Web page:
Sunday, September 11, 2005

It is amazing

but also slightly horrifying how little time I've had to read this week, I can't remember the last time so many days went by without me reading a novel (it is possible this is a sign of virtue--it's true I got a lot of work done and even [and more remarkably] quite a bit of exercise--but I don't really buy it, I think it's more because of the lighting in my sublet being inadequate and also I haven't yet had a chance to build a supply pipeline of suitably light reading--got my Harvard library card yesterday, though, so things should pick up soon).

However I've just finished a book of stories that I've been really looking forward to, and it completely lived up to my expectations: Kelly Link's Magic for Beginners. Everything in here is good--she's a fantastic writer--and for some reason although in general I have little time for short stories as opposed to novels, I have always made an exception for stories of the fantastic or the uncanny, it seems to me that the short-story form was perfectly made for this sort of thing. The most likeable story is "The Faery Handbag," the scariest is "Stone Animals" (an all-too-plausible account of what I secretly believe would happen to me if I went to live in the countryside at the end of a commuter rail line), but my favorite is definitely the title novella--it's almost like a short novel. It's got some great stuff about a demented TV show called The Library but the real-world aspects are most vivid as well. My favorite passage: "Jeremy comes home from school, feeling as if he has passed the math test, after all. Jeremy is an optimist. Maybe there's something good on TV. He settles down with the remote control on one of his father's pet couches: oversized and reupholstered in an orange-juice-colored corduroy that makes it appear as if the couch has just escaped from a maximum security prison for criminally insane furniture. This couch looks as if its hobby is devouring interior decorators. Jeremy's father is a horror writer, so no one should be surprised if some of the couches he reupholsters are hideous and eldritch." Sharp, smart, funny, perceptive and genuinely unsettling.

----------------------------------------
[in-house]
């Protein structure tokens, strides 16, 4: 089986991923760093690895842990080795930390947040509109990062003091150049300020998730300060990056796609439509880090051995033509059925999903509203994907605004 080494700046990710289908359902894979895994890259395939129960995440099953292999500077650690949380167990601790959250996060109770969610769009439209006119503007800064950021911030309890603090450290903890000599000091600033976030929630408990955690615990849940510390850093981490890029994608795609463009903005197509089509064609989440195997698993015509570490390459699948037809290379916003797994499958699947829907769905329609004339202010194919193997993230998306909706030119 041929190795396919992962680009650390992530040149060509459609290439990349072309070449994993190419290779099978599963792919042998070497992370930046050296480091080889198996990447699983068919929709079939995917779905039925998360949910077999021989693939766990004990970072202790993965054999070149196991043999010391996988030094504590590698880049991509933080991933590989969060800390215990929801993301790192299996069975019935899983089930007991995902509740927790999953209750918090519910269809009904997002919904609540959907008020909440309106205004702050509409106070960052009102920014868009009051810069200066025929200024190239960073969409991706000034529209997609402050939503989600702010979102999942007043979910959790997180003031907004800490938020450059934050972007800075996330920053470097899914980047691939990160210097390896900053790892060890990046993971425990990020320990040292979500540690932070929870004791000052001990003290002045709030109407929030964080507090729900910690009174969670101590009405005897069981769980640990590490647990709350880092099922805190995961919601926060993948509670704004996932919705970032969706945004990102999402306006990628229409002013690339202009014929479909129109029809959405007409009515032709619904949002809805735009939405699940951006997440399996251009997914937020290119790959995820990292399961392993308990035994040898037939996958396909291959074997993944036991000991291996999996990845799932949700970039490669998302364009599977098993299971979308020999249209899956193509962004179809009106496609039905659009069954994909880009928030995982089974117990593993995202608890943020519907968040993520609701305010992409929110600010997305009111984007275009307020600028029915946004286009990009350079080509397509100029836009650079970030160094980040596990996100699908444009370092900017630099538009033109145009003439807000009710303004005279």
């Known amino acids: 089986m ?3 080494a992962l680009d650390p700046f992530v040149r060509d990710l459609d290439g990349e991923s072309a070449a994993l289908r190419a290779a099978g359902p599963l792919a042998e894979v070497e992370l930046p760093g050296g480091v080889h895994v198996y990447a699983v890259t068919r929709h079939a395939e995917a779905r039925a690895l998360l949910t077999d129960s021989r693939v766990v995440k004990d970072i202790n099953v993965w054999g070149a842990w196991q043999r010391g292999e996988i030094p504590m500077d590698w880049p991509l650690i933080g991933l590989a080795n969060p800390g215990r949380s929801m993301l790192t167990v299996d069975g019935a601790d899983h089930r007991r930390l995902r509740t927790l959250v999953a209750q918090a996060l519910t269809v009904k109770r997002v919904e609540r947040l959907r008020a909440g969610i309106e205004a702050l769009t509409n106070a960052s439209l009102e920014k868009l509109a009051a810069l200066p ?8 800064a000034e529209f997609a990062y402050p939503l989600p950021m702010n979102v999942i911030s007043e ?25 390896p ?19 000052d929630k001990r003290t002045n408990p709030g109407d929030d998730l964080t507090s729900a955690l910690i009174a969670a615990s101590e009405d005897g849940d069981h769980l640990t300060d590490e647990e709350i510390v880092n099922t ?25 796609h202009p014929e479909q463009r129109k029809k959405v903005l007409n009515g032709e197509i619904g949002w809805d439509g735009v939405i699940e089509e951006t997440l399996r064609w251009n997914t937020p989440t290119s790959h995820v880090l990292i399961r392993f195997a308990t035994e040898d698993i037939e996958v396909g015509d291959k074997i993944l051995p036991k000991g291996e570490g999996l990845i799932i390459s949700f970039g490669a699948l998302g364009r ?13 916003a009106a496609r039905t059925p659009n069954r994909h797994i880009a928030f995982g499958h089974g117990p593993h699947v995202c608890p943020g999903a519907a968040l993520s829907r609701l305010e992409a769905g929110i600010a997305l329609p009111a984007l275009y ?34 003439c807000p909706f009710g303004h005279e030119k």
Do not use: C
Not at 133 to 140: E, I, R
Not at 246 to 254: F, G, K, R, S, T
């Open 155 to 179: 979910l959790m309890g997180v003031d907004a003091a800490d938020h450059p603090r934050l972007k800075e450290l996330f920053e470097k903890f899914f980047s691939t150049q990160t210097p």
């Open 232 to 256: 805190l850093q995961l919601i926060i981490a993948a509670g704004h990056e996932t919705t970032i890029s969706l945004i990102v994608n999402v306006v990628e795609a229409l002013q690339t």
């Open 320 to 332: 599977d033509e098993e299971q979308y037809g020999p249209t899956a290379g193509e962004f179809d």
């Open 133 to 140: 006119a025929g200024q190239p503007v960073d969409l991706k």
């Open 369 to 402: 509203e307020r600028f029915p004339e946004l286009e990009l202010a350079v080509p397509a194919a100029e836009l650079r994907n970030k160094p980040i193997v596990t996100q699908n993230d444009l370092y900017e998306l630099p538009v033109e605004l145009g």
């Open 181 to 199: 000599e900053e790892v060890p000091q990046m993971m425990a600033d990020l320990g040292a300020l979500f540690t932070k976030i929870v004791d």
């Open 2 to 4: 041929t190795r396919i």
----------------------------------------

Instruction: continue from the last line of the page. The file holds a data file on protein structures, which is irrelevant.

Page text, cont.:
While I'm on the topic of libraries, my strangest experience today was going into Widener, Harvard's main library, a place that I used to know extremely well. I've got an awful sense of direction so I'm not surprised at my vague disorientation on the streets of Cambridge, it's pretty pitiful since I lived here from 1988 to 1994 (with a year out in New York in the middle) but I never really pay that much attention to where I'm going. Cambridge is notoriously one of those towns where apparently parallel streets later diverge and suddenly it's forty minutes later and you thought it was a ten-minute walk and just when you thought you really were lost (this happened to me on my way home last night from my first day at the Academy) you realize you can see Mass Ave and you're just where you should be but took a ridiculously roundabout route. So as I say, that is more or less what I expected.

But libraries are what I really know, libraries are where I pay attention and can put my hand on exactly what I want, and though I vaguely remembered reading about renovations and though I was struck when I walked through the main door at the top of the front steps at (a) the whole electronic swipe set-up, which was just a gleam in someone's eye when I last used the library and (b) the brightness and lightness of the interior compared to its previous incarnation, I ambled up to the second floor in full expectation of seeing all the things I remember so fondly, the privileges desk and the long checkout area when you turn to the right and then again to the right the entrance to the stacks. And it was like one of those awful nightmares where nothing is where it should be and the house you live in has an extra room that you didn't know about and everything's completely strange.